Only one life,’twill soon be past, Only what’s done for Christ will last.

Only one life, the still small voice, Gently pleads for a better choice
Bidding me selfish aims to leave, And to God’s holy will to cleave;
Only one life, ’twill soon be past, Only what’s done for Christ will last.

Only one life, a few brief years, Each with its burdens, hopes, and fears;
Each with its clays I must fulfill, living for self or in His will;
Only one life, ’twill soon be past, Only what’s done for Christ will last.

When this bright world would tempt me sore, When Satan would a victory score;
When self would seek to have its way, Then help me Lord with joy to say;
Only one life, ’twill soon be past, Only what’s done for Christ will last.

Give me Father, a purpose deep, In joy or sorrow Thy word to keep;
Faithful and true what e’er the strife, Pleasing Thee in my daily life;
Only one life, ’twill soon be past, Only what’s done for Christ will last.

Oh let my love with fervor burn, And from the world now let me turn;
Living for Thee, and Thee alone, Bringing Thee pleasure on Thy throne;
Only one life, “twill soon be past, Only what’s done for Christ will last.

Only one life, yes only one, Now let me say,”Thy will be done”;
And when at last I’ll hear the call, I know I’ll say “twas worth it all”;
Only one life,’twill soon be past, Only what’s done for Christ will last.

Author Unknown

Wednesday, January 24, 2007

Graced Again (and again)

Do you ever wonder about what God thinks of us as we try to do things of our own accord? This seems to be an issue that God has been dealing with me about.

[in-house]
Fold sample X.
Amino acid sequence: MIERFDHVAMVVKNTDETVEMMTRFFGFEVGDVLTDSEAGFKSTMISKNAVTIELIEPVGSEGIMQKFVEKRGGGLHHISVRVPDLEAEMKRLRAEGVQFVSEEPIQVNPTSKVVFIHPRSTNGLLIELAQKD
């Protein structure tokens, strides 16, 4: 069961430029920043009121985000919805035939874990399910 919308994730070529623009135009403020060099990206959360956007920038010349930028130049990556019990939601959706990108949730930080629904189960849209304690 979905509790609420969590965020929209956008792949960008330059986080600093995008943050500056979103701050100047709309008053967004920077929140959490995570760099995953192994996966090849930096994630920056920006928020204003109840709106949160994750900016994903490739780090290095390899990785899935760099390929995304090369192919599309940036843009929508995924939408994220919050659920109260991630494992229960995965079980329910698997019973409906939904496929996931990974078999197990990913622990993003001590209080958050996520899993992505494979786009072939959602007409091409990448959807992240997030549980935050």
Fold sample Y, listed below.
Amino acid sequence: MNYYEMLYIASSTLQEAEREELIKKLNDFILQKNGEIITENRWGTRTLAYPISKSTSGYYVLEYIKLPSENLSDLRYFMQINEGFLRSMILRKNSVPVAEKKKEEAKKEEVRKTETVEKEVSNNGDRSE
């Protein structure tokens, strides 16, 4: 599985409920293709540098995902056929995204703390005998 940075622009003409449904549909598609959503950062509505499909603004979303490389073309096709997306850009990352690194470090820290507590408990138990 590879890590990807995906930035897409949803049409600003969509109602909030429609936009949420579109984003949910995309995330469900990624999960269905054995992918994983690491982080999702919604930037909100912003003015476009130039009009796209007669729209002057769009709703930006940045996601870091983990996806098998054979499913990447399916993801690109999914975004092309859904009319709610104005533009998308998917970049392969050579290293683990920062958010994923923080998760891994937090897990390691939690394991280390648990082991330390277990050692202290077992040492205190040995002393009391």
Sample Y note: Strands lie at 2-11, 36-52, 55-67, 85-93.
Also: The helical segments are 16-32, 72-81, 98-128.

I have felt the call on my life to ministry and am in lay ministry in our current church, but know that the Lord has called me to preach. I know that I'm supposed to attend school and I have been trying everything in my earthly power to do just that.

Did you get that? "I have been trying everything in my earthly power..."

Yesterday the Holy Spirit spoke to me through a broadcast by Adrian Rogers about Joshua and Jericho. An intersting aspect is that I normally wouldn't have heard Dr. Rogers at that time, but I was running late in getting home from work.

This morning, I was running late in leaving my house for work (see a pattern?) and heard a message on Gideon and doing things according to God's power and for His glory.

This morning in my e-mail inbox was a message from Graced Again stating:

I'm convinced that if the gospel of grace (that God in Christ has forgiven you of all your debt with Him and that He has given you all His 'rightness') doesn't take your breath away, something else will. And this world has lots of 'something else's.' I used to think that what God wanted for me to do was try harder, get more committed, deny myself and keep my sin under control and then I would begin to see change. But I am learning that the fight in the Christian life is the fight of faith; to believe the Gospel of grace really is true; to get the Wow of the Gospel.